In June 2000, the National Association of Athletic Development Directors presented Frazier with the Volunteer of the Year Award. Also in June 2000, he was awarded the Jefferson Cup by County Judge Executive Rebecca Jackson. Frazier received an honorary degree of “Doctor of Public Service, honoris causa” from the University of Louisville commemorating his significant philanthropic efforts for the Commonwealth of Kentucky. He has a second honorary degree, a “Doctor of Humane Letters,” from Bellarmine University. Frazier was presented with the prestigious Sky Ranch Foundation Hall of Fame Pioneer Award in June 1999. Also in 1999, he was honored by the Black Achievers with their Distinguished Service Award. Frazier was named Voice Tribune’s 1999 Man of the Year and was awarded the most distinguished Gold Cup Award 1999 from Greater Louisville Incorporated.

Throughout the years, Frazier’s outstanding gifts of time and money have been recognized by the Louisville Rotary Club, The Lincoln Foundation (the Spirit of Excellence Award for humanitarian service to the community), the National Society of Fund Raising Executives, and the Fund Raising Executives of Metro Louisville (the 1998 Volunteer Fund Raiser of the Year award). In 1990, he received the Louisville Urban League’s Equality Award “in recognition of commendable contributions and leadership in the pursuit of equality and community betterment.” Frazier was the Arthritis Foundation’s Man of the Year in 1989 and the recipient of the Younger Woman’s Club of Louisville Citizen Laureate Award in 1986. In August 2001, Frazier was awarded the “Minerva Medal” from the University of Louisville, “In recognition of his untiring support and dedication to his alma mater.”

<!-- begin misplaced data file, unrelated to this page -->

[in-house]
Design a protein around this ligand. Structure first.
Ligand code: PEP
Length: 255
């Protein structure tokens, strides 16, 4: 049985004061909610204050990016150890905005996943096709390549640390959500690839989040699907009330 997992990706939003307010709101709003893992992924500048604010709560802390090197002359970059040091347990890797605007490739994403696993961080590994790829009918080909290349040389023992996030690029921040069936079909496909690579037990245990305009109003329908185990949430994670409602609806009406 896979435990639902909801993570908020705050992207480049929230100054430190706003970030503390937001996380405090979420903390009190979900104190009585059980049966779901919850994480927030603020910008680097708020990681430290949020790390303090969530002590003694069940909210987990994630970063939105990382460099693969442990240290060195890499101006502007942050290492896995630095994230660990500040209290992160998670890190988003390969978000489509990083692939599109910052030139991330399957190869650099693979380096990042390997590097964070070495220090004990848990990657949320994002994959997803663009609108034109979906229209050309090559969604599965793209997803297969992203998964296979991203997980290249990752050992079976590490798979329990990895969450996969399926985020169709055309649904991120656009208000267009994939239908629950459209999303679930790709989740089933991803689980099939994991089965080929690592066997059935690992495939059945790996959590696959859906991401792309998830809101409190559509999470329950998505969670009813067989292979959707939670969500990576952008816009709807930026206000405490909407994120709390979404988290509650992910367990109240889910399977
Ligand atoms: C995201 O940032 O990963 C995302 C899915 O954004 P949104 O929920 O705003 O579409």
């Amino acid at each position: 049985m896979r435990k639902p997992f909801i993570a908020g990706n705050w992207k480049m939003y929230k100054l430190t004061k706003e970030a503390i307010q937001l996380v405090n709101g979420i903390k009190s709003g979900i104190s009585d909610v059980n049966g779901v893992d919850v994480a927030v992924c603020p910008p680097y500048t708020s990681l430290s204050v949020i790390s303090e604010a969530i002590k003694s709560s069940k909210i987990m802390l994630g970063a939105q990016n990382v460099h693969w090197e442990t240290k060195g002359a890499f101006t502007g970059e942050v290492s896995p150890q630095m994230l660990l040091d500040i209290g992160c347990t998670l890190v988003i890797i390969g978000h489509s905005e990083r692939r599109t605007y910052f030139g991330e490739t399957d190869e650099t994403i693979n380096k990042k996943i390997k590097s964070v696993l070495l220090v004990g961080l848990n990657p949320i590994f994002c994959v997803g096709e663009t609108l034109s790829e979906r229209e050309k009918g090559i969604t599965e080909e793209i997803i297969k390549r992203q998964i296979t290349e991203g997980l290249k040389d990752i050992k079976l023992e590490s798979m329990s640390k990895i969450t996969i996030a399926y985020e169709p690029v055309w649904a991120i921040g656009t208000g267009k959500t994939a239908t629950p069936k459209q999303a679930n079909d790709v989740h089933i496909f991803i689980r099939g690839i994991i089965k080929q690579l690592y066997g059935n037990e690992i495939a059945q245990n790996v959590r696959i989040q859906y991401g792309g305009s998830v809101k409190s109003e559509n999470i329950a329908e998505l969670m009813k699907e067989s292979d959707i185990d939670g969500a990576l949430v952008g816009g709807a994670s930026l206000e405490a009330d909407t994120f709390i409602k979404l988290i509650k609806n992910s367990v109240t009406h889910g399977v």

Frazier was a former executive member and director of Greater Louisville, Inc.; a director and member of the executive committee of the Kentucky Economic Development Corporation; and a director of the Louisville Housing Development Corporation. He also served on the boards of the Cathedral Heritage Foundation, Jewish Hospital Healthcare Services, and Frazier Rehab Center. He was chairman emeritus of Kentucky Country Day School. He was also past chairman of the Greater Louisville Economic Development Partnership, the Downtown Development Corporation, and Business/Industry Political Action Committee (BIPAC), Washington, D.C.

From 1989 to 1997, Frazier served as a member of the Board of Directors of Liberty National Bank/Bank One, Kentucky. He also served on the board of trustees of the University of Louisville Overseers, including recent service as chairman of the board, and was director/chairman emeritus of the board of Bellarmine University.

Frazier was a member of the Pendennis Club, Louisville Country Club, River Valley Club and Ocean Reef Club (Key Largo, Fl), the Society of Colonial Wars in the Commonwealth of Kentucky, and Beta Theta Pi and Phi Alpha Delta fraternities.

Born May 7, 1935 and a native of Louisville, Frazier attended Centre College and graduated from the University of Louisville with BSL and JD degrees.